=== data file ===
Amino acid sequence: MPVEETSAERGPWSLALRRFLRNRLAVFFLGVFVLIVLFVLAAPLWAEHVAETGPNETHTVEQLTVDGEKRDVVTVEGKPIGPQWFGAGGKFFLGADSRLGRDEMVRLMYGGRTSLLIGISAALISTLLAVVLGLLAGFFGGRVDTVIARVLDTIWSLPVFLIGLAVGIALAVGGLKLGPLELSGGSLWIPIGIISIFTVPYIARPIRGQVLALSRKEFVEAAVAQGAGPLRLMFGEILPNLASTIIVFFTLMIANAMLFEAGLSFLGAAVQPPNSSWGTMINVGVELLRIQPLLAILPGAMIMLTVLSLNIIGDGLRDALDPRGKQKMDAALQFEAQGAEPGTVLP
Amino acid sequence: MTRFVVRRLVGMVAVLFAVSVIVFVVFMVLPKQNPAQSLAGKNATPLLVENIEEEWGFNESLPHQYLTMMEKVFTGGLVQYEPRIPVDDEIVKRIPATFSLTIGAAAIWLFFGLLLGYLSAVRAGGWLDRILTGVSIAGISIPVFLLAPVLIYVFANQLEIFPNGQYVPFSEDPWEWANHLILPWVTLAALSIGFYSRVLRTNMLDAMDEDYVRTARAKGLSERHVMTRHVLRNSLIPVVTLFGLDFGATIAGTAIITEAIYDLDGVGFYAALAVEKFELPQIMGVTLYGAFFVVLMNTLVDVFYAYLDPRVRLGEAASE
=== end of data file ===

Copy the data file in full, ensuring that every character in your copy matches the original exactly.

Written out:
Amino acid sequence: MPVEETSAERGPWSLALRRFLRNRLAVFFLGVFVLIVLFVLAAPLWAEHVAETGPNETHTVEQLTVDGEKRDVVTVEGKPIGPQWFGAGGKFFLGADSRLGRDEMVRLMYGGRTSLLIGISAALISTLLAVVLGLLAGFFGGRVDTVIARVLDTIWSLPVFLIGLAVGIALAVGGLKLGPLELSGGSLWIPIGIISIFTVPYIARPIRGQVLALSRKEFVEAAVAQGAGPLRLMFGEILPNLASTIIVFFTLMIANAMLFEAGLSFLGAAVQPPNSSWGTMINVGVELLRIQPLLAILPGAMIMLTVLSLNIIGDGLRDALDPRGKQKMDAALQFEAQGAEPGTVLP
Amino acid sequence: MTRFVVRRLVGMVAVLFAVSVIVFVVFMVLPKQNPAQSLAGKNATPLLVENIEEEWGFNESLPHQYLTMMEKVFTGGLVQYEPRIPVDDEIVKRIPATFSLTIGAAAIWLFFGLLLGYLSAVRAGGWLDRILTGVSIAGISIPVFLLAPVLIYVFANQLEIFPNGQYVPFSEDPWEWANHLILPWVTLAALSIGFYSRVLRTNMLDAMDEDYVRTARAKGLSERHVMTRHVLRNSLIPVVTLFGLDFGATIAGTAIITEAIYDLDGVGFYAALAVEKFELPQIMGVTLYGAFFVVLMNTLVDVFYAYLDPRVRLGEAASE